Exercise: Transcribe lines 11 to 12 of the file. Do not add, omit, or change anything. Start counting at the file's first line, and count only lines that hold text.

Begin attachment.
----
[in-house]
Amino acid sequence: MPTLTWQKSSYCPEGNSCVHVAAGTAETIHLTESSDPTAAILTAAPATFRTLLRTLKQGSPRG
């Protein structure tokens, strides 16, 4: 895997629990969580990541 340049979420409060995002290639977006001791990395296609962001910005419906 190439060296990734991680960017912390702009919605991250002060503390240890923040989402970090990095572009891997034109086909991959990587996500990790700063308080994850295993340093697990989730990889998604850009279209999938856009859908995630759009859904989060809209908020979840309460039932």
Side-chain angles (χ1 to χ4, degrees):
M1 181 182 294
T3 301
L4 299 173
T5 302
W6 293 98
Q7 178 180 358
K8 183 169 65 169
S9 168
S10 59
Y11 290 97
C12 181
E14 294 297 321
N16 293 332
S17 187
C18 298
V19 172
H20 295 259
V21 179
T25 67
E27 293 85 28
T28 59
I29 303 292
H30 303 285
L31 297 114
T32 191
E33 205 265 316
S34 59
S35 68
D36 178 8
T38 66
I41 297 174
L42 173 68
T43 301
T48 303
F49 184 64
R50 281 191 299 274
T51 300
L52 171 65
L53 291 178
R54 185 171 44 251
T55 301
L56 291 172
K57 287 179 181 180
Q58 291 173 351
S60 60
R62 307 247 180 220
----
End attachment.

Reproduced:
K8 183 169 65 169
S9 168